The rest of the book contains the animal builds and instructions, introduced with a photograph of the completed model, a short paragraph about why Nimako likes and/or chose the animal, and a little bullet-point list of facts about the creature. For example, about the giant anteater model, Nimako writes, “[It] has one of the most interesting shapes of any animal I’ve ever seen, so I felt it was absolutely necessary that I challenge myself to build one.” One bullet-pointed fact about the animal is “Despite having no teeth, giant anteaters typically consume tens of thousands of ants and termites each day.”
Easy-to-read graphic illustrations are used for the parts lists and build instructions in a manner similar to the manuals for official LEGO sets. Each pictured piece in every list is accompanied by the LEGO part number so you can easily look it up if you’re not sure about what piece it is.
Sample Build: Indian Rhinoceros
After looking at the models in Beasts from Bricks, I chose to build the one that graces the cover of Ekow Nimako’s book, the Indian rhinoceros that, according to the author, “despite being a 4,400-pound (1,995 kg) herbivore with armor-like skin, they can also be surprisingly maneuverable once set into action.”
The model’s shape is very distinctive, so I figured I could build it using any color of LEGO pieces as long as the shape was accurate, saving me from having to buy a ton of Dark Bluish Gray and Light Bluish Gray LEGO bricks and freeing me to purchase only a handful of pre-owned pieces in shapes I did not already have in my stash. Additionally, the model looked as if it could stand on its own without the base that’s part of the build. Generally, I don’t like to waste a bunch of bricks on bases unless they’re necessary for the model to stand.
With each step depicted with one illustration of the pieces you need in a bordered box and another of how those pieces fit together, this complex build was mostly very easy to do. There were only one or two steps where I had to study the illustrations and figure out what was going on. My work process was: 1) pull out the pieces shown in the bordered picture, and 2) put them together as shown in the un-bordered picture. This made for a long and pleasurable build with just the right amount of challenge and surprise in the process.
I especially loved the building-upside-down steps with inverted slope bricks. I have an overabundance of red and blue inverted and regular slopes in my stash for some reason, so I’m glad to find a use for them. There’s a lot of unique and fun pieces and building techniques in making this rhinoceros, including lots of rounded slopes, some hinge connecter plates and a possibly “illegal” use of little LEGO Technic pins inserted into inverted bricks.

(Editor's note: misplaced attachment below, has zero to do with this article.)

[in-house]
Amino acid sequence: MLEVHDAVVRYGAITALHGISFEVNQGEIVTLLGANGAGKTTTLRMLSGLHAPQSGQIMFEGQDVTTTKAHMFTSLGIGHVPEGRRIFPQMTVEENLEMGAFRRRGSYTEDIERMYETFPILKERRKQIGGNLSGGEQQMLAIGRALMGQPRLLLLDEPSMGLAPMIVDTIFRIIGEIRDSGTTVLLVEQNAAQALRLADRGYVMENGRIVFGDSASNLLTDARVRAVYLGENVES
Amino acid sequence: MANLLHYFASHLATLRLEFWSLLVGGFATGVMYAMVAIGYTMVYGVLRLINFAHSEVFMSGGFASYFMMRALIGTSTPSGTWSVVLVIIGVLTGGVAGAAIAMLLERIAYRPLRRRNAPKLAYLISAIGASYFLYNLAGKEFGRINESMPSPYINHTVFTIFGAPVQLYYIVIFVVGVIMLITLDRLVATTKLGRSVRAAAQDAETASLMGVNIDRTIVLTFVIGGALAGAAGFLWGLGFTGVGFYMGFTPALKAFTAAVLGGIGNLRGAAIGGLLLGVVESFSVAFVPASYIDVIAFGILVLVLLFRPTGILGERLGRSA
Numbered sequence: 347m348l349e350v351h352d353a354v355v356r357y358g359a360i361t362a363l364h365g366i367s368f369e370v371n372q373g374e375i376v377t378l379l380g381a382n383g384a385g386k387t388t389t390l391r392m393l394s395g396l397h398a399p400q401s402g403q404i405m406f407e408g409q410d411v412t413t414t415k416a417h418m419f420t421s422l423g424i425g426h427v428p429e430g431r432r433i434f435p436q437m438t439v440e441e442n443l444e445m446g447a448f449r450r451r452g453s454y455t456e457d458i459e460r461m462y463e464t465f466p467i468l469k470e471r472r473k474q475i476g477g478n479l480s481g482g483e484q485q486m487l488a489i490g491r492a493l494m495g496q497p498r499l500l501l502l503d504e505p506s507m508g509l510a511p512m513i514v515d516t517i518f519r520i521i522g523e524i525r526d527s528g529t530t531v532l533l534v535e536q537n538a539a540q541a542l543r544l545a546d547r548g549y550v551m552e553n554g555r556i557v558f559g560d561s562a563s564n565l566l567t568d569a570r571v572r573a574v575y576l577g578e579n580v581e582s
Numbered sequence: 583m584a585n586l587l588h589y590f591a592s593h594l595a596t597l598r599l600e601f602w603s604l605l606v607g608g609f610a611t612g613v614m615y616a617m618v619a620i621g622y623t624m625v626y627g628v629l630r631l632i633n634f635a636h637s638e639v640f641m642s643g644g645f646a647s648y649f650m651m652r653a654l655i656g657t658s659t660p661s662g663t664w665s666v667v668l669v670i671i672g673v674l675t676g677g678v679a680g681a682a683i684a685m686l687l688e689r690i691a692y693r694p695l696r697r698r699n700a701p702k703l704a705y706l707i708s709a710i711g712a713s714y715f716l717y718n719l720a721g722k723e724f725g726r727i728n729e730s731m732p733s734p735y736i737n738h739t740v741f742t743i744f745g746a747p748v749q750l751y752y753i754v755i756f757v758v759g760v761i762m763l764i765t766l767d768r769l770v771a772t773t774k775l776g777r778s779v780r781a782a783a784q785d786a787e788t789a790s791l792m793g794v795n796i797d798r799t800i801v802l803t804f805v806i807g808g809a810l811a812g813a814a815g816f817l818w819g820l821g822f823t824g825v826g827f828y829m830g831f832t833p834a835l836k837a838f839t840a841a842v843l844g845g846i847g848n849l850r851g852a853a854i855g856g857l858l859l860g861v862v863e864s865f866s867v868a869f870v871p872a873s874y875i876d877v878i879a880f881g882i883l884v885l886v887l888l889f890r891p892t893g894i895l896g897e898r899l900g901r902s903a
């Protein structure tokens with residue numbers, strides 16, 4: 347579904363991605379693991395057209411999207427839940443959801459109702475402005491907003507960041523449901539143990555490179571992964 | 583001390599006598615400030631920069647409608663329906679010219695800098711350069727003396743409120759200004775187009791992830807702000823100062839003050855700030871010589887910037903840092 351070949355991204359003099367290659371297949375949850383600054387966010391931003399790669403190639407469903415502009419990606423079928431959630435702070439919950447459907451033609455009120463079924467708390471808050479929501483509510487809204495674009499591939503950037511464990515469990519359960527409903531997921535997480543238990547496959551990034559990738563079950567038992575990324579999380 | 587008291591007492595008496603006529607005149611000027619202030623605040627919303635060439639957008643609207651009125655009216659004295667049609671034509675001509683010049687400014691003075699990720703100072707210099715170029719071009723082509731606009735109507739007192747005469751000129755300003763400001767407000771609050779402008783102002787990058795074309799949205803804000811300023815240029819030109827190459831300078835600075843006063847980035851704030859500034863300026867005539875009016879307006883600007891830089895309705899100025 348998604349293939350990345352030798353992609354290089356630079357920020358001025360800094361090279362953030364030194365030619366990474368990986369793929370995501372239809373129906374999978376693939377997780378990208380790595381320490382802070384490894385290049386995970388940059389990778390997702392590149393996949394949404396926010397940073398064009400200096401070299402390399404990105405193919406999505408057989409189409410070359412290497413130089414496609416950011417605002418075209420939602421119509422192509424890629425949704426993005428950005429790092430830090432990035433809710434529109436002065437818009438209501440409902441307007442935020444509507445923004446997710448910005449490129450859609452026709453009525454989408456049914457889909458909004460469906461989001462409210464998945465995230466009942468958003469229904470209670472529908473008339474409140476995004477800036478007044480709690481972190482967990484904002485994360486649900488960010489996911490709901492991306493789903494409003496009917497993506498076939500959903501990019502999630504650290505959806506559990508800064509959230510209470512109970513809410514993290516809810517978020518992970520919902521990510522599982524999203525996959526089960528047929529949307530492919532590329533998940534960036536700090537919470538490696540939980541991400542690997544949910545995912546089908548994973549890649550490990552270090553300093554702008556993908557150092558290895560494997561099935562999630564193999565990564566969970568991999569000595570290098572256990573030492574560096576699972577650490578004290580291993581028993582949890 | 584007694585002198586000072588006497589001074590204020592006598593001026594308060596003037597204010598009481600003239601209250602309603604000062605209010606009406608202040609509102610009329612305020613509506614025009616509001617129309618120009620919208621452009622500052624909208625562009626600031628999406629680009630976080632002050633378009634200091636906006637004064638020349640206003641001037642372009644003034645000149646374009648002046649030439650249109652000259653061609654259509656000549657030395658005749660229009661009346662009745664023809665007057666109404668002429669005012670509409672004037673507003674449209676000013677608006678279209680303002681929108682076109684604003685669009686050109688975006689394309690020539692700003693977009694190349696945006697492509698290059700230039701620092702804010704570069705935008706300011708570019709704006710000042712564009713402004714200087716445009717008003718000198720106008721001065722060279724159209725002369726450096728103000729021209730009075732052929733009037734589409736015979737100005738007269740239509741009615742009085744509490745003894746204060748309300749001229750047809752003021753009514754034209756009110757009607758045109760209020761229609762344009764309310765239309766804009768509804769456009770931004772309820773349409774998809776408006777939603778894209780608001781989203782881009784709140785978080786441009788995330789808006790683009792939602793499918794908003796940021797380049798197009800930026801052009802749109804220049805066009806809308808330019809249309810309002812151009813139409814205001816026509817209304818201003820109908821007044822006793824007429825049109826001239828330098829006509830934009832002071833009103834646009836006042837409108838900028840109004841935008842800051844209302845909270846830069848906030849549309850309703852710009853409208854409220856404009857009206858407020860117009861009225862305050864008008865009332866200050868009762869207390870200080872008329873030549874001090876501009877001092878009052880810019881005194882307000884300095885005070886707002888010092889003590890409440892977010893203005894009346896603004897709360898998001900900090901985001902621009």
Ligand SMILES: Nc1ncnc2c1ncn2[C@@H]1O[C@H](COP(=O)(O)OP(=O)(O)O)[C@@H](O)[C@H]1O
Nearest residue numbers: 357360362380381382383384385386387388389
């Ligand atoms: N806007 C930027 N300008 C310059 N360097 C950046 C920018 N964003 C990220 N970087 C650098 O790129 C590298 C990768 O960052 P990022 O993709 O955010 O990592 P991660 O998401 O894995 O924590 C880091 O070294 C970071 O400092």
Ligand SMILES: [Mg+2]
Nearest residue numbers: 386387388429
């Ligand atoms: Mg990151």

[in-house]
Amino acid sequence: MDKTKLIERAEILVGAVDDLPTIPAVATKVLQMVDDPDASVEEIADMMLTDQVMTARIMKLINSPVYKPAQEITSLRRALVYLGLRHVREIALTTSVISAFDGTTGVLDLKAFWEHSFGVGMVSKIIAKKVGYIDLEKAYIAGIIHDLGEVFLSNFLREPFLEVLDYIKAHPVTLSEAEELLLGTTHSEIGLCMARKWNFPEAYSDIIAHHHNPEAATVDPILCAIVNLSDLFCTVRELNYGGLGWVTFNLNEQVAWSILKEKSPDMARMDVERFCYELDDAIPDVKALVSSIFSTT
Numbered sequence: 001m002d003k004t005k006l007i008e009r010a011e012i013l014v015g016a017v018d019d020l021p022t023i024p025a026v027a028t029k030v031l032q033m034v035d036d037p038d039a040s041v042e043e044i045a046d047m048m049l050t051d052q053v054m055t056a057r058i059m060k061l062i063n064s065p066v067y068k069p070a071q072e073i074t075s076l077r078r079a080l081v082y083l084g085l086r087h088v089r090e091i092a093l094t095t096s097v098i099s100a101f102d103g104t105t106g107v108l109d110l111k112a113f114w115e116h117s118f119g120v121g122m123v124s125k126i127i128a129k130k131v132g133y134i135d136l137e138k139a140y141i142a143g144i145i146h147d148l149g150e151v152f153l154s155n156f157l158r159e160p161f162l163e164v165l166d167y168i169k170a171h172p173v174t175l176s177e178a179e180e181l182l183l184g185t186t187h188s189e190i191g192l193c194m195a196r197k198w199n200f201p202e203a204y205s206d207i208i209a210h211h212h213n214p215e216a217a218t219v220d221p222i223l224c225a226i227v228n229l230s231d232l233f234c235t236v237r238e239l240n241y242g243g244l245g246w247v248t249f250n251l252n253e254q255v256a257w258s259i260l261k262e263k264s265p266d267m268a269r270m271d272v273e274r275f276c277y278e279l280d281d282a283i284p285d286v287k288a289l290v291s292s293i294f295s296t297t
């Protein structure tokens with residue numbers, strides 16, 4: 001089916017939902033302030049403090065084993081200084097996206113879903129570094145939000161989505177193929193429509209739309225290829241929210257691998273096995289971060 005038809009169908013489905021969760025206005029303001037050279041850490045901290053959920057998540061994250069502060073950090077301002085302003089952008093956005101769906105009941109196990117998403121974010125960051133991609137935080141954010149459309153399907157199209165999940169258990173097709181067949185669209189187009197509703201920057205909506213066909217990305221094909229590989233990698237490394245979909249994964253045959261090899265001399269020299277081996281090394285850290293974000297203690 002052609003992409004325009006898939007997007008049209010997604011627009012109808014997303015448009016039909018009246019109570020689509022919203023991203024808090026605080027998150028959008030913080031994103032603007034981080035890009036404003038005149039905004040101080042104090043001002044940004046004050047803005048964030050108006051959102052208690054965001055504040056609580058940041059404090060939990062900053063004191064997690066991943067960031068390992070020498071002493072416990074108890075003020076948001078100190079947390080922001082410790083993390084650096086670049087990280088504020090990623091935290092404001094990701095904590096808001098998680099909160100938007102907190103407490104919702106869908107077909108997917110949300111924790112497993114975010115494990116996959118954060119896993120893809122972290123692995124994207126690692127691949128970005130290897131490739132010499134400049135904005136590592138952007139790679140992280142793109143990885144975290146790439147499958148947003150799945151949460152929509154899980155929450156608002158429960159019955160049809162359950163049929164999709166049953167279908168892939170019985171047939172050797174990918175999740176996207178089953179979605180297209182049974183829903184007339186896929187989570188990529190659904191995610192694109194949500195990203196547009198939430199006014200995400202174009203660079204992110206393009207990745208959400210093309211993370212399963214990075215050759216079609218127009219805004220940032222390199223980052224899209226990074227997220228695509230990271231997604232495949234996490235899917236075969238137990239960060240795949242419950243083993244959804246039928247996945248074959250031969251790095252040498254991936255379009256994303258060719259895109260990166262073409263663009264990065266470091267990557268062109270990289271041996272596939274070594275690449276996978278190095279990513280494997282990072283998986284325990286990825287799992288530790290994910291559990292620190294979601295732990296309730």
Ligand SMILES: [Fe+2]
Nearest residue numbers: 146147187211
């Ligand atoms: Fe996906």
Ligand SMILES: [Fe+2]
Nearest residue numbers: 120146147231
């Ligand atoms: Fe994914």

In the end, my multicolor model is a recognizable rhinoceros, and it’s a fairly stable model without a base, though it’s definitely a build for posing and not for playing with. The only modification I made from the original model beside not building a base is using a 1×1 cylinder brick and a lever piece (Lego part number 298) for the rhino’s tail because I didn’t want to buy the mini-figure shovel piece (part number 3837) that Nimako chose for that part of the model’s anatomy.
As for the build’s appropriateness for young people, the younger end of the 8-to-14-year-old range will need some help from an adult, but the tweeners and young teens can likely build the rhinoceros by themselves with no help. Thanks to the book’s great instructions and illustrations, young builders and old will be entertained and not frustrated. Plus, they’ll end up with a LEGO model that they will be proud of, as I am of my rainbow rhino.
Both Ekow Nimako’s and Adam Ward’s books are must-haves for small-scale LEGO model building hobbyists of any age and would make essential additions to a LEGO-based library. Beasts from Bricks and Brick x Brick are the second and third LEGO books I have ever bought, the first being the ebook edition of The Lego Architect, of course!
My opinions about these books aren’t even considering that they’re both by authors of African descent; however, I do consider it important to support what’s likely the only LEGO-subject books written by Black authors (if there are any others, write to the Brick Architect with the information and we’ll buy and review it). Black LEGO artists, creator and builders are a small but growing minority who are working hard to earn public attention and support. The more visibility they get, the more children of African descent will see them and form a lifelong love for the bricks that will make their minds and imaginations grow. Furthermore, children of all races and ethnicities will see that people from all walks of life love to work and play with LEGO.